One of my other goals was to watch each film from beginning to end—yes, from beginning to end—regardless. Period. The International Film rules have changed many times, and up until two years ago the category was called Best Foreign Language Film. The way the process used to work is that if an Academy member wanted to turn a film off in a screening after a certain amount of time and there was majority agreement, they would do so and simply move on to the next film. I guess it was to save time, but it seems highly unfair to me.
With voting strictly online this year, I have no clue whether Academy members can stop the film after a certain amount of time. The rules only state that the Preliminary Voting Committee will view the eligible submissions and vote by secret ballot to decide the short list, which has been expanded from 10 to 15 this year only–with no “saves.” In previous years, the committee selected seven films and a special group chose three other films to “save,” not trusting AMPAS members entirely. But they have dispensed with that this year only for fear of online sabotage. It will be interesting to see what happens without this option.
For more on the International Feature Film rules please visit the Academy’s official text.
I am happy and shocked to report that my own stubborn insistence on seeing each one in their entirety proved smart and more satisfying than I could ever have expected. Each film had something to offer. I did not detest any of them. Certainly, some were better than others and there were a few that were maddening choices, but the majority were worthy of merit and of representing their respective countries.
Then, last week, A.O. Scott of The New York Times pejoratively called the category a “ghetto” and suggested doing away with it, not taking into account the quality of the films or the fact that most of them would otherwise rarely garner any exposure here. How many Armenian, Uruguayan or Kenyan films have you seen?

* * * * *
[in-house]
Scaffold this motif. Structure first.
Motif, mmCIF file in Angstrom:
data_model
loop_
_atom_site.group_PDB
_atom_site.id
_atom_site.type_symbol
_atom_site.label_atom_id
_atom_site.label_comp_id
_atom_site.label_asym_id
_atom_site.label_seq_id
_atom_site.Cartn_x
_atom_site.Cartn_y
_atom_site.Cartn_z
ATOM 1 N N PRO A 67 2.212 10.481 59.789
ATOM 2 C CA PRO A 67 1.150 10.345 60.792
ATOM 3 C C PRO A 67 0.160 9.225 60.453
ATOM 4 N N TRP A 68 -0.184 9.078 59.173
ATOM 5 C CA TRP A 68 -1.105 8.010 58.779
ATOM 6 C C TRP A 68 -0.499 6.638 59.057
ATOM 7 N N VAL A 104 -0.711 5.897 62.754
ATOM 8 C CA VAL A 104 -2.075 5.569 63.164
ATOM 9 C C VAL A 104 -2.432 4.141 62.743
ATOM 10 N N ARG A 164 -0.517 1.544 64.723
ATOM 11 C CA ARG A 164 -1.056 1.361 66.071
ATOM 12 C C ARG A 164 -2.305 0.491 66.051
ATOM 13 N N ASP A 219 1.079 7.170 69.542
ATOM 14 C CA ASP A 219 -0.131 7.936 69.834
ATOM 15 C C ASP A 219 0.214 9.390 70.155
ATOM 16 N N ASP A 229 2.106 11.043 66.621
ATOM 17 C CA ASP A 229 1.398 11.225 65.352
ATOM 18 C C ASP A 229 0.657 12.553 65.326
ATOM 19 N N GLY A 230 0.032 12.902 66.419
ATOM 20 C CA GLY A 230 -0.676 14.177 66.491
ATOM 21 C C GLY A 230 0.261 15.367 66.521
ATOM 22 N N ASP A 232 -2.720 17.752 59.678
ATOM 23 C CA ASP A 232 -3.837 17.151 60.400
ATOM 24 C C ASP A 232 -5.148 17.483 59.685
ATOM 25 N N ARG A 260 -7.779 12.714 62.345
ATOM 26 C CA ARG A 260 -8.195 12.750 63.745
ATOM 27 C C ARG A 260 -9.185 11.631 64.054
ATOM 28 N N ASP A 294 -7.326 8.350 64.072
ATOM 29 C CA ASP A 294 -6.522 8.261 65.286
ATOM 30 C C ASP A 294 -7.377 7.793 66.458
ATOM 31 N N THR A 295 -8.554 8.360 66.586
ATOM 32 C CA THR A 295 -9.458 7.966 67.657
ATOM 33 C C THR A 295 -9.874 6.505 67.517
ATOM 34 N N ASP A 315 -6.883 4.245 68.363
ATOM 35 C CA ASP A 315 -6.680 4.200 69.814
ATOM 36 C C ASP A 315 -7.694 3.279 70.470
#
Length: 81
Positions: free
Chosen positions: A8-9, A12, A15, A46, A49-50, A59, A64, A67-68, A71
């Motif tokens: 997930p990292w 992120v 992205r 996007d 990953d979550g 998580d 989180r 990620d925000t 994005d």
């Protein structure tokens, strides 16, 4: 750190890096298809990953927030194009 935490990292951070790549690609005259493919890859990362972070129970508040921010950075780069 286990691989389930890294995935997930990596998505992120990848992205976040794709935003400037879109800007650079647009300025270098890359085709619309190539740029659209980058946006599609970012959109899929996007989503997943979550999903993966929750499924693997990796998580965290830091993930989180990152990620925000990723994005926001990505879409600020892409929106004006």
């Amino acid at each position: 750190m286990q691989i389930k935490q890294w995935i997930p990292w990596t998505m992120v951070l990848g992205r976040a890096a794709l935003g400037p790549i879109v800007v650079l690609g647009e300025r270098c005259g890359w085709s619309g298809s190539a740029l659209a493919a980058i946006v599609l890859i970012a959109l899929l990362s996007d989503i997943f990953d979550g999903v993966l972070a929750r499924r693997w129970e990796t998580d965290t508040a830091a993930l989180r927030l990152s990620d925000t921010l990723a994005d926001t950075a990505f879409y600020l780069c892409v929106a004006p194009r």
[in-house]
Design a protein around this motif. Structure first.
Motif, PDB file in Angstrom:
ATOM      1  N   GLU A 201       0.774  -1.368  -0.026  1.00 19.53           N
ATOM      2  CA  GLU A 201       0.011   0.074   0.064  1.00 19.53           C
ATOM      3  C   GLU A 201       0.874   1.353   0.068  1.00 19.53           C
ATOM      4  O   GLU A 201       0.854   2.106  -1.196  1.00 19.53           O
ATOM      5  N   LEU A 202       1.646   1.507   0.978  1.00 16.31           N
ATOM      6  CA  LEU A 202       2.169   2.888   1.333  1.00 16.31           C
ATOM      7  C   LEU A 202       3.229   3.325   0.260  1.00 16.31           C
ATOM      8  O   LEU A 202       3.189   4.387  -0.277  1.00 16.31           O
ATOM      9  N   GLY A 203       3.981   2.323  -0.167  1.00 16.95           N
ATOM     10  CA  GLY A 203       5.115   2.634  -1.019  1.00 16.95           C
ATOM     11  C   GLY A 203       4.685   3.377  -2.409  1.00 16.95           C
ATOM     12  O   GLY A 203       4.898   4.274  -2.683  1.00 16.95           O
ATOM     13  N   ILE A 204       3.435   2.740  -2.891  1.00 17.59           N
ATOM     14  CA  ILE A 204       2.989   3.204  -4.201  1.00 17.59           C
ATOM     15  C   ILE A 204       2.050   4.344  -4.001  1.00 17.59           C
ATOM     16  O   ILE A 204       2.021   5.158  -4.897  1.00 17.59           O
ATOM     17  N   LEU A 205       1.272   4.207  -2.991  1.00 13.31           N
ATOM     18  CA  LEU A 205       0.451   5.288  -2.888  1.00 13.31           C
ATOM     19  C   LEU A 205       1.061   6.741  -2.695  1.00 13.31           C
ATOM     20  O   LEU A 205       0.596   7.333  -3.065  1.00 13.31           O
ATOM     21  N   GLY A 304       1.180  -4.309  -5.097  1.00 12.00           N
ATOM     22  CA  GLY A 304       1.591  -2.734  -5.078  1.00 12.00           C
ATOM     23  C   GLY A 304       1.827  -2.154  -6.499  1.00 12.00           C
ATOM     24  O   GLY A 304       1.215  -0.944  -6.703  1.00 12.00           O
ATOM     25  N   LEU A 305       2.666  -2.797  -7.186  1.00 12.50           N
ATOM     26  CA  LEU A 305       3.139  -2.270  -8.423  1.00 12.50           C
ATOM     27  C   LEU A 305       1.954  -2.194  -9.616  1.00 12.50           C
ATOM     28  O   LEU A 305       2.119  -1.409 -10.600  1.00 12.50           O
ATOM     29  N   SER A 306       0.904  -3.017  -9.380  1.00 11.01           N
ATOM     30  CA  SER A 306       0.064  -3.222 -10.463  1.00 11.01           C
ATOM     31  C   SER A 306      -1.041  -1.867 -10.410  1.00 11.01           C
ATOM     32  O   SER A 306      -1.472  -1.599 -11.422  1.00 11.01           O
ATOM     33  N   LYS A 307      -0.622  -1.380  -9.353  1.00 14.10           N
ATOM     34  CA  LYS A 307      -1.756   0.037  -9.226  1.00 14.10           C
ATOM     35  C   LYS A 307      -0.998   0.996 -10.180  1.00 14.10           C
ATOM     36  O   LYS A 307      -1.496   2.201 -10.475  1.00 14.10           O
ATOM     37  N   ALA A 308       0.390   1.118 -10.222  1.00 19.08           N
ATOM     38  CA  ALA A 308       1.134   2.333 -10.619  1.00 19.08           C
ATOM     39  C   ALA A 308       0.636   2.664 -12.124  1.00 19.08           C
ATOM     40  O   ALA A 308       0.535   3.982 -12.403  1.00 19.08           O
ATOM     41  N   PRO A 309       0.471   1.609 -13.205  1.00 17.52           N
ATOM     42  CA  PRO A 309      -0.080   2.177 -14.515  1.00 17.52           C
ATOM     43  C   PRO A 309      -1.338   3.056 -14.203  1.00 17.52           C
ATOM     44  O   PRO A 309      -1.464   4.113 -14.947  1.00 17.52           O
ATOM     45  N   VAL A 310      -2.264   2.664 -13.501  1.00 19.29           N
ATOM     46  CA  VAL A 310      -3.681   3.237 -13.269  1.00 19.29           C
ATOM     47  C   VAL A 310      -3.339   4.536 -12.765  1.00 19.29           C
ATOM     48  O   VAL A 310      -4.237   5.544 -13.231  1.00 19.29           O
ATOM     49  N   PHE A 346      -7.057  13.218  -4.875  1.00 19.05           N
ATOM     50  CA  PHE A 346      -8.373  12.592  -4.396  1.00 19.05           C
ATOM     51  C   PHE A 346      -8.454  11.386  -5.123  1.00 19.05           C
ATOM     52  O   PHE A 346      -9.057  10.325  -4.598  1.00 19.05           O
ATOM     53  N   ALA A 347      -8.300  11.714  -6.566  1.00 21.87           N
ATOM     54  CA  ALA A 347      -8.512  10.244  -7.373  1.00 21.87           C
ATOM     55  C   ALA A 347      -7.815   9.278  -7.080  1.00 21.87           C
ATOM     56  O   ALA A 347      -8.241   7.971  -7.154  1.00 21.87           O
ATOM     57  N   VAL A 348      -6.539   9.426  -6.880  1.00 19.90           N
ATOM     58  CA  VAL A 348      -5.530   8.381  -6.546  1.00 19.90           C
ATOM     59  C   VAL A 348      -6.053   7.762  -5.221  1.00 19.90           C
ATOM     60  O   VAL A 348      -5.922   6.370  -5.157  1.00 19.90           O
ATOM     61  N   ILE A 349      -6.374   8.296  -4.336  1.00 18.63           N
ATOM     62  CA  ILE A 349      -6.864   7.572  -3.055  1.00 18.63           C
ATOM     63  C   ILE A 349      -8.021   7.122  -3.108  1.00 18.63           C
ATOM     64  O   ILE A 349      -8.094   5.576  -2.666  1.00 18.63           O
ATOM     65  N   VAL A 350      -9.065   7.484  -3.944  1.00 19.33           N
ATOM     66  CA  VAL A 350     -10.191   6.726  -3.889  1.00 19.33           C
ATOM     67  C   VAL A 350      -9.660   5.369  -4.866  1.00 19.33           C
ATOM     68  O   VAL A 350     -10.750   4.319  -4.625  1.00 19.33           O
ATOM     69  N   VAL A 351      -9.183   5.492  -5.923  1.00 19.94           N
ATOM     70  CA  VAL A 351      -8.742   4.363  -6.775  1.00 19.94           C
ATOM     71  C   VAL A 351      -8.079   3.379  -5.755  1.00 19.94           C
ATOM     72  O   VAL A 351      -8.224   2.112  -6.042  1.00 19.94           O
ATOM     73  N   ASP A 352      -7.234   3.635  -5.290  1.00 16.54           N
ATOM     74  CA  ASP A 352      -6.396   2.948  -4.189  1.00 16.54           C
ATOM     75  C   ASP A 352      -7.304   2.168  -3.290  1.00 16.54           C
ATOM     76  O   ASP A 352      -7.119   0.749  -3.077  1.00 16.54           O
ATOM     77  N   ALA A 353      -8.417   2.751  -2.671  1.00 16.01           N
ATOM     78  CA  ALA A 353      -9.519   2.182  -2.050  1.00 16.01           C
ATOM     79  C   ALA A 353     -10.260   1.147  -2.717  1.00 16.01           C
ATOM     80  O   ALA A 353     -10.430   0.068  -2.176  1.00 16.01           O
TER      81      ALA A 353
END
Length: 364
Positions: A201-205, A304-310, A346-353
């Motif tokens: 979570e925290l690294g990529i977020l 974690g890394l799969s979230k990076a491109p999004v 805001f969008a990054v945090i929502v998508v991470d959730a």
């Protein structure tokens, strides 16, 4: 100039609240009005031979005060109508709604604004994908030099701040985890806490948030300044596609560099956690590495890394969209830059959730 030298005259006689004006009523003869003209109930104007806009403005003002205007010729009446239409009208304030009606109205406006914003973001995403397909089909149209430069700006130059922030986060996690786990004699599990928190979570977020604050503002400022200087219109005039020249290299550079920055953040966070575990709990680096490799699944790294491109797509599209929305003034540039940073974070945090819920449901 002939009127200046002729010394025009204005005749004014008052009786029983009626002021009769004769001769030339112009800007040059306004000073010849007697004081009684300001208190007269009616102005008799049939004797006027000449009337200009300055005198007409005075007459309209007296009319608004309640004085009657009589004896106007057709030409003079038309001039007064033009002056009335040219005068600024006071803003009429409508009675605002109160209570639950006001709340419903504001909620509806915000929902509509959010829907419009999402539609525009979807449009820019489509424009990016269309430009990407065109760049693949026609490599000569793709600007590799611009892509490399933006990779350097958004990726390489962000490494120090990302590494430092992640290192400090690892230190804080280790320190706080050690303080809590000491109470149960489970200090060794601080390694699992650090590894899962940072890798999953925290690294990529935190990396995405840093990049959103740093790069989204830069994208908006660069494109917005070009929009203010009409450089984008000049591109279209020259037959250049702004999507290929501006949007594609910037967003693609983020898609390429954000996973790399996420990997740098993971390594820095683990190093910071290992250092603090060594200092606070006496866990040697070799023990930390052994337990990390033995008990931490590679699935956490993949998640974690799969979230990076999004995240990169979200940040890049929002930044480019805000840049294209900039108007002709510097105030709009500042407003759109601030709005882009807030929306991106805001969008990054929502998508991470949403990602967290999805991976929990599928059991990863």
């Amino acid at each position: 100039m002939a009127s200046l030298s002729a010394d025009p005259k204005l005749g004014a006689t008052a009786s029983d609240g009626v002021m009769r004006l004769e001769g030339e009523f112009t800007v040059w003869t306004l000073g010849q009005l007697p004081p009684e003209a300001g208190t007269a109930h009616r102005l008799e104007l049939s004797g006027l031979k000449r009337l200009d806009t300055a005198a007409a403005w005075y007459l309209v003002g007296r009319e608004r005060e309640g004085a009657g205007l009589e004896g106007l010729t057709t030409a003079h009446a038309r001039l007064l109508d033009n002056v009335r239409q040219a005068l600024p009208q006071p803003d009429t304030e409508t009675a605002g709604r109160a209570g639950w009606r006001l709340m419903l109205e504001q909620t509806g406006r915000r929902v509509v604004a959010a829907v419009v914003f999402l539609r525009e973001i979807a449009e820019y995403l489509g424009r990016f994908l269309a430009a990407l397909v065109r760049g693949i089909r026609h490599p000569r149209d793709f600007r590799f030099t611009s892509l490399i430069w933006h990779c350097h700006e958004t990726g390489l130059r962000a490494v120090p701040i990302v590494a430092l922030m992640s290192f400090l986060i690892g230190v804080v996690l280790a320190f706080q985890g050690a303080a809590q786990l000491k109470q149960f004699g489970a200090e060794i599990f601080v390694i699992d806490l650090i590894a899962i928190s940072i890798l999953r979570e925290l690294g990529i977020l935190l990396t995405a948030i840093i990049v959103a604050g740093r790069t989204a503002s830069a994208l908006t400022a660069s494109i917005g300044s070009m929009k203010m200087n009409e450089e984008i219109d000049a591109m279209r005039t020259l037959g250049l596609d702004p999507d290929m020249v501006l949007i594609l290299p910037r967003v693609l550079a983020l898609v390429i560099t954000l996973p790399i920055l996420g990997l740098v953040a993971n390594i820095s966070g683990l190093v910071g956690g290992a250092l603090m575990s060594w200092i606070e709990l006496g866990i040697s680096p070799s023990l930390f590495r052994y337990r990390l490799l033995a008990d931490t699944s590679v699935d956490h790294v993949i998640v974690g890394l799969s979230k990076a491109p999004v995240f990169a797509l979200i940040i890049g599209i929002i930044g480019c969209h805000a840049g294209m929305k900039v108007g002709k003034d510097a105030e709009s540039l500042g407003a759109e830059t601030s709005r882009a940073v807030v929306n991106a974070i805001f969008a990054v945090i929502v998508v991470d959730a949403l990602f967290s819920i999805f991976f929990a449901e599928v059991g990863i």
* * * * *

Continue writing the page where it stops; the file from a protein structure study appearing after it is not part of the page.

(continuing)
How many of these 93 movies did Scott actually bother to seek out and view before his ridiculous proclamation? My guess, not many. And while I agree that the rules for submissions need to be given a rethink so governments won’t wield their own power in selecting what is put forth, I have to vehemently protest Scott’s suggestion. The category is vital. He should reexamine his rhetoric after he actually sees ALL or MOST of the films in submission. If he had bothered, he would have found a worldwide cinematic call for unity, a determined desire to seek out hope in an increasingly hopeless world.
So many themes and issues are being explored in bold ways including genocide, misogyny, homophobia, racism, man’s insistence on conquering nature, man’s inhumanity to his fellow man, familial dysfunction (especially sibling rivalry) and class inequality, to name just a few.
The list includes political films, queer films, war films, terminal disease films, films that warn against the dangers of fundamentalism, farces, thrillers, fantasy films, films about death and resurrection and even a film about a wild bull wreaking havoc on a village!
I was increasing gobsmacked by the caliber of talent, the audacity of vision and the noble intentions of many of these filmmakers.
The daring of India’s Jallikattu, Sudan’s You Will Die at Twenty and Senegal’s Nafi’s Father.